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September 19, 1958 - Image 2

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Text
Publication:
The Michigan Daily, 1958-09-19

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I'

THE MICHIGAN DAILY _y

UE tl

DURING SUMMER CONGRESS:
Fundamental Rights of Student Press Demanded by NSA

By JOAN KAATZ
A declaration of the fundamen-
tal rights of the student press was
proposed and passed at the United
States National Student Associa-
tion (USNSA) Congress held this
summer.
Delegates at the meeting at
Ohio Wesleyan University in Dela-
ware, Ohio, further condemned any
interference with the privileges of
the student press. The resolution,
drawn up by the Student Editorial
Affairs Conference, demanded that
the student newspaper be free from
control by administration, student
organizations, financial supporters
and ecclesiastical agencies.
Recommend Easing of Rules
The Editorial conference also
drew up a proposal recommending
a relaxation of classification rules
on government information: The
motion, which was passed, con-
tended that too much material

was being classified because of
bureaucratic fears rather than the
needs of national security.
During the ten day conference
the South Carolina delegation in-
troduced a resolution upholding
segregation in educational institu-
tions, denouncing the Supreme
Court's ruling, and condemning
the use of force in maintaining
segregation.
The proposal which at first was
almost kept completely off the,
floor, ended in strong defeat.
Suggest Counselor Program
A student counselor program in
conjunction with faculty counsel-
ing for freshmen was also recom-
mended, by the Congress. The pro-
posal was passed on the rationale
that the student counselor is in
closer contact with the freshman
and therefore can give him greater

attend the World Youth Festival
to be held in Vienna next summer
becauise of the Festival's red-tinted
nature. However, at the same time,
it did not discourage any American
student who desired to attend the
Festival for information purposes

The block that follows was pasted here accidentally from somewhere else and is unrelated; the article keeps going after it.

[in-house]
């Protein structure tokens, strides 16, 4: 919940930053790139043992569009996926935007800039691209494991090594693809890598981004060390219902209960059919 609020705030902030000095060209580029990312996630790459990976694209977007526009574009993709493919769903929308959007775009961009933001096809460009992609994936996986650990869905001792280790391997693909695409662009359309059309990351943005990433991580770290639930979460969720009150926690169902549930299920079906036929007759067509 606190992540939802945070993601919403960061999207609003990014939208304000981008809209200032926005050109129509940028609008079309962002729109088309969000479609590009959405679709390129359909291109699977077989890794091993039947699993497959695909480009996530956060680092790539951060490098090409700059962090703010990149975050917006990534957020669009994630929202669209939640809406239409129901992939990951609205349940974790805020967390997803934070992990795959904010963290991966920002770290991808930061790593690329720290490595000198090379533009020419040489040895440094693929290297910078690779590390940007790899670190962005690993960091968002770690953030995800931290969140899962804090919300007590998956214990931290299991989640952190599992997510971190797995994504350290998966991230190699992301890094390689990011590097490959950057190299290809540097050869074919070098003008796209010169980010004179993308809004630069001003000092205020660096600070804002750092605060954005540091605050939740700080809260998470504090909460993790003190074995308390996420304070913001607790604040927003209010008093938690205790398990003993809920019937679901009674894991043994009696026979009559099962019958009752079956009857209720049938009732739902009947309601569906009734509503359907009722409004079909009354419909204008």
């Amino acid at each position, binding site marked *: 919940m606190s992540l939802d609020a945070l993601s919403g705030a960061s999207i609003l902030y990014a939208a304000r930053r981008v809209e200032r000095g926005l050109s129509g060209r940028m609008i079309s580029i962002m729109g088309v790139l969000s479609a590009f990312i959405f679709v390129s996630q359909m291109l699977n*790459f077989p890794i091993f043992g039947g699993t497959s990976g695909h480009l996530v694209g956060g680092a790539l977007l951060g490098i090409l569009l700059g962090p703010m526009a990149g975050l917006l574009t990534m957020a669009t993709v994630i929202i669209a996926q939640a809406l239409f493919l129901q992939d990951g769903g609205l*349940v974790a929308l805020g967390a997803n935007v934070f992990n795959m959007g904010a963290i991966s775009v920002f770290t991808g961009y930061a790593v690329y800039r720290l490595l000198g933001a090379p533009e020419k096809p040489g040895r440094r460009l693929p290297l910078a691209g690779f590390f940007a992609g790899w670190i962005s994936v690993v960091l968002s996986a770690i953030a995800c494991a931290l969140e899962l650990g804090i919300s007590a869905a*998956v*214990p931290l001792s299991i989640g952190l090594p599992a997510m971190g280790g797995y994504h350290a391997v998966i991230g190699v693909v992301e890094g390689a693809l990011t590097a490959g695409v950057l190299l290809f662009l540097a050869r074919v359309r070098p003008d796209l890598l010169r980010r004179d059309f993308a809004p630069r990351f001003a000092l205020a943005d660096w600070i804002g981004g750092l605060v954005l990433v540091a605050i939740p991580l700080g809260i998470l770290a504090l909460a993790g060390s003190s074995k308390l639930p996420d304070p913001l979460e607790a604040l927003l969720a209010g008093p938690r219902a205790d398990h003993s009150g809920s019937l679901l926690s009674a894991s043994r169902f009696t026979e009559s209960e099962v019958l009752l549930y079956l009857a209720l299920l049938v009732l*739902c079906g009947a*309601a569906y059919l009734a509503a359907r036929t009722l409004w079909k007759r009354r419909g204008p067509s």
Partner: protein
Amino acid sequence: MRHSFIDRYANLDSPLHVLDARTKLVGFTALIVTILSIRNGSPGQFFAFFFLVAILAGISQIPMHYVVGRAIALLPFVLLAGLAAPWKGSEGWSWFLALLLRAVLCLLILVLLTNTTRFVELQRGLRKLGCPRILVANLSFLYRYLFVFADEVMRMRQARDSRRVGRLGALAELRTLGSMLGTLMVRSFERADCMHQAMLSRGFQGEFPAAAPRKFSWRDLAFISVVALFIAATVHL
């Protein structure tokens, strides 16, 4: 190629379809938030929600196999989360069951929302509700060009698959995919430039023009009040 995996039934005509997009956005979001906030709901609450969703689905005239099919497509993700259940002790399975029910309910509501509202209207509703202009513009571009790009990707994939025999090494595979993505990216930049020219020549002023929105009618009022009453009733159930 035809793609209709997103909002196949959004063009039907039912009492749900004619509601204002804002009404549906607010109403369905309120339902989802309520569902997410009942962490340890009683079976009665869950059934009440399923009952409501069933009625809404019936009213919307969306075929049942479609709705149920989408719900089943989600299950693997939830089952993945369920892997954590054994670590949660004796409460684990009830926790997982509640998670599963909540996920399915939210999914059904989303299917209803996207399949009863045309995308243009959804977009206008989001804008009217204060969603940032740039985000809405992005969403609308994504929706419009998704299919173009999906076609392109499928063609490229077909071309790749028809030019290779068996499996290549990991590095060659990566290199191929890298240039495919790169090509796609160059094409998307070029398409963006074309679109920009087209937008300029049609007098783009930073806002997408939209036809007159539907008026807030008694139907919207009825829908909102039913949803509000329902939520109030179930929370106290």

and will upon request furnish
many students with an explana-
tion of the NSA position toward
the Festival.
The delegates reaffirmed its
position condemning the French
people'for their continued practice
of imperialism and discrimination
in Algeria, ,particularly Algeria's
educational system.
Urge Hostility Halt
The proposal urged immediate
cessation of hostilities and called
for the establishment of the inde-
pendent state of Algeria.'
Eleanor Roosevelt spoke to the
Congress during one evening on
the topics of the world situation
and. the challenge of the future.
She said the United States must.
show initiative and self-discipline
in order to illustrate Democracy
at work.
Frank Grahma, former senator
from North Carolina and now as-
sociated with the United Nations,
spoke on his foreign travels as a
United Nations observer.
One evening was occupied by a

discussion of educational institu-
tions in Russia between Peter Eck-
stein, '58, former Daily editor, and
Pete Eckles of Dartmouth College.
Both students participated in an
exchange program of student edi-
tors between Russia and the
United States last spring.
Eckstein. commented on the uni-
formity of intellectual opinion:
among students in-Russia. He was
impressed by the way students
identified with Russia's national
purpose to give their life meaning.
Eckles stressed the informality
of the students and the manner
in which they live in a circum-
scribed area of thought...
Reuther Unable To Attend
Walter Reuther, United Auto
Workers president, was scheduled
to speak at the Congress but was
unable to attend. He was replaced
by Al Lowenstein, former NSA
president,
Lowenstein spoke on the Middle
East, Africa, and Russia. He com-
mented on the psychic of the Rus-
sian people. He said the Russian
people now have hope since Stalin.
died. They believe they only have;
war to fear and that war will come,
from the United States.
The Congress was attended by
delegates from all regions of the
country as well as many State .

assistance.
The USNSA

again declined toI

U

Department observers and foreign
observers.
University delegates included
Larry Soloman, '61, coordinator of
NSA on campus; Mort Wise, '59,
chairman of the delegation; Dick
Erby, '60; David Kessel, Grad.;
Sue Rockne, '60; "Maurice Zilber,
'60; Robert Arnove, '59; Scot
Chrysler, '59; Carol Holland, '60;